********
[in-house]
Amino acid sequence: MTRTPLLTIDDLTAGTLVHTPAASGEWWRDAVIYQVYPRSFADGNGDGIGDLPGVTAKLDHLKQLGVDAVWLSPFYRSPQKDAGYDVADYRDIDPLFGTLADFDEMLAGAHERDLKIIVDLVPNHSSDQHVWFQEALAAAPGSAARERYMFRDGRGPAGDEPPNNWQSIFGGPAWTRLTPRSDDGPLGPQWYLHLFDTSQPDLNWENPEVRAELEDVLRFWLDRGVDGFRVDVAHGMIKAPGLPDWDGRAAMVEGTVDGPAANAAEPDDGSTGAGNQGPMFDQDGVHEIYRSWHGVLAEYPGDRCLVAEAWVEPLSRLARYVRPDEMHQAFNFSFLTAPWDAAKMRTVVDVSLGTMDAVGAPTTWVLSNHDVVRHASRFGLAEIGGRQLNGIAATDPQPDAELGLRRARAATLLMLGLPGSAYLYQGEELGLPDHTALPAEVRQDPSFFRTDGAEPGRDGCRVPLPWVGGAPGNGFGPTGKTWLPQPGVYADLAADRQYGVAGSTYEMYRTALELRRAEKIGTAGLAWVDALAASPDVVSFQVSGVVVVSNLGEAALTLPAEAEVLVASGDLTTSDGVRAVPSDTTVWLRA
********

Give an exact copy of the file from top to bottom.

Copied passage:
[in-house]
Amino acid sequence: MTRTPLLTIDDLTAGTLVHTPAASGEWWRDAVIYQVYPRSFADGNGDGIGDLPGVTAKLDHLKQLGVDAVWLSPFYRSPQKDAGYDVADYRDIDPLFGTLADFDEMLAGAHERDLKIIVDLVPNHSSDQHVWFQEALAAAPGSAARERYMFRDGRGPAGDEPPNNWQSIFGGPAWTRLTPRSDDGPLGPQWYLHLFDTSQPDLNWENPEVRAELEDVLRFWLDRGVDGFRVDVAHGMIKAPGLPDWDGRAAMVEGTVDGPAANAAEPDDGSTGAGNQGPMFDQDGVHEIYRSWHGVLAEYPGDRCLVAEAWVEPLSRLARYVRPDEMHQAFNFSFLTAPWDAAKMRTVVDVSLGTMDAVGAPTTWVLSNHDVVRHASRFGLAEIGGRQLNGIAATDPQPDAELGLRRARAATLLMLGLPGSAYLYQGEELGLPDHTALPAEVRQDPSFFRTDGAEPGRDGCRVPLPWVGGAPGNGFGPTGKTWLPQPGVYADLAADRQYGVAGSTYEMYRTALELRRAEKIGTAGLAWVDALAASPDVVSFQVSGVVVVSNLGEAALTLPAEAEVLVASGDLTTSDGVRAVPSDTTVWLRA